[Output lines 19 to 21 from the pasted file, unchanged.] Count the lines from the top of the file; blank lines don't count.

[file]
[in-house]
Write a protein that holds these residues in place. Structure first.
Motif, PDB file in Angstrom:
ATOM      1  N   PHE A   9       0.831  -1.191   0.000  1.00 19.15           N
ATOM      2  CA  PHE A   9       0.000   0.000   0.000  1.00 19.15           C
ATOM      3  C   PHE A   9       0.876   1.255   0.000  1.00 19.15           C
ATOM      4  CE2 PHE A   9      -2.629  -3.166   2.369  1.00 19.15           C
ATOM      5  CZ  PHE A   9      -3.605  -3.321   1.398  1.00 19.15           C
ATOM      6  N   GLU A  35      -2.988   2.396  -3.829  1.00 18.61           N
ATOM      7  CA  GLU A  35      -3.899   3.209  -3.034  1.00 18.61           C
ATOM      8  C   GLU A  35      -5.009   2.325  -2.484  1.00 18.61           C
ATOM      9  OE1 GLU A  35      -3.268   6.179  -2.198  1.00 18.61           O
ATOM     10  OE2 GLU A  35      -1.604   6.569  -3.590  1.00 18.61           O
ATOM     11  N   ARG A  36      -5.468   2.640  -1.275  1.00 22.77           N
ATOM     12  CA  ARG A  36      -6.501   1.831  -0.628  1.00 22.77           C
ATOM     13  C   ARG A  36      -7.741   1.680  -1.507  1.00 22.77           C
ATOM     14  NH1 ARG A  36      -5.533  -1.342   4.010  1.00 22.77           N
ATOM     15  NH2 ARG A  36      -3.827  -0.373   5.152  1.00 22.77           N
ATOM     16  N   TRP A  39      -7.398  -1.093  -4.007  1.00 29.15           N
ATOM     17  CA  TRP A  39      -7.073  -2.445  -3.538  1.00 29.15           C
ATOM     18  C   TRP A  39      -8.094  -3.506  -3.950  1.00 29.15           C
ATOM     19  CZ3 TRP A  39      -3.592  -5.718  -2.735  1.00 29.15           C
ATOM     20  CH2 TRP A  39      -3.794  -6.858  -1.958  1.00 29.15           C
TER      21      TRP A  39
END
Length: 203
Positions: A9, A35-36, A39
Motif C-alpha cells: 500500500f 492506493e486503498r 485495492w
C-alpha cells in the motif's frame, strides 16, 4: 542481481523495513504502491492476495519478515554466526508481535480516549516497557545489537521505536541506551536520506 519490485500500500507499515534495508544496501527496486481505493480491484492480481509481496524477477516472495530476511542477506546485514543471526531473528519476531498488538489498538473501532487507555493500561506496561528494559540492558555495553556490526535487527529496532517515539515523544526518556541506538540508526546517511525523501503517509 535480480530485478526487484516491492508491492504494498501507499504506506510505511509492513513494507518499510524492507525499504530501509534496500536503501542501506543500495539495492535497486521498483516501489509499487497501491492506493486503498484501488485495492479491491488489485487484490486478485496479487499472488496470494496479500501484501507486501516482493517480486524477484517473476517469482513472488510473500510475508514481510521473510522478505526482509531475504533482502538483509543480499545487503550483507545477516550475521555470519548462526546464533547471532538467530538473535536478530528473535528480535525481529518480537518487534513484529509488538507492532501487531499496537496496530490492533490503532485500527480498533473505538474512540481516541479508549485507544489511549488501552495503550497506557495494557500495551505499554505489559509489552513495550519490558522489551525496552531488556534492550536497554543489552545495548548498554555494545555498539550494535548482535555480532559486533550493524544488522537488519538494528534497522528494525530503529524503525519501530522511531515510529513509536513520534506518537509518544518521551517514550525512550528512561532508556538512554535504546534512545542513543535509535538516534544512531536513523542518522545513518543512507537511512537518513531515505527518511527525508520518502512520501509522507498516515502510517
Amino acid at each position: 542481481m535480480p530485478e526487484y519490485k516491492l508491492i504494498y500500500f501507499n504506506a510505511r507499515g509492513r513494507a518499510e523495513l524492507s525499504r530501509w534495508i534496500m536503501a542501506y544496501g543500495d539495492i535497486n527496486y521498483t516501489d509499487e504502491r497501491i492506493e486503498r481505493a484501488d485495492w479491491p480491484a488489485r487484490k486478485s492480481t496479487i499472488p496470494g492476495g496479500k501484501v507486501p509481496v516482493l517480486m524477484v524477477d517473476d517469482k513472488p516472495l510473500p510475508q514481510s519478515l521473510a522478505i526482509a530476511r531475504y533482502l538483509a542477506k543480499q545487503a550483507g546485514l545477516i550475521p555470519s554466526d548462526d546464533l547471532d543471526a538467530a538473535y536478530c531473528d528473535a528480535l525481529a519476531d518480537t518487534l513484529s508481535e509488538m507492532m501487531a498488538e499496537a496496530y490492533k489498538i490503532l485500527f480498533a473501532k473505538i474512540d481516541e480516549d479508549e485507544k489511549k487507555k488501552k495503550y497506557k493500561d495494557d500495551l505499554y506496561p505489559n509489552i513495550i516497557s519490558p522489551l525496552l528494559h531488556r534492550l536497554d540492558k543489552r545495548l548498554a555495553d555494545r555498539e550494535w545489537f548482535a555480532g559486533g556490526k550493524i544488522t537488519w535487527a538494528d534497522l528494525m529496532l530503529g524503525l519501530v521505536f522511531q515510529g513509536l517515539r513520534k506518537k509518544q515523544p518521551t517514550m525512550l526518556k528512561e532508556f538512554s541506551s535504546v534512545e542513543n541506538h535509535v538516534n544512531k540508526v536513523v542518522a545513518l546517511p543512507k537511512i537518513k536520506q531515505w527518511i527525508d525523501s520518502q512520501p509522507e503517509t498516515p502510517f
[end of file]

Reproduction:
ATOM     16  N   TRP A  39      -7.398  -1.093  -4.007  1.00 29.15           N
ATOM     17  CA  TRP A  39      -7.073  -2.445  -3.538  1.00 29.15           C
ATOM     18  C   TRP A  39      -8.094  -3.506  -3.950  1.00 29.15           C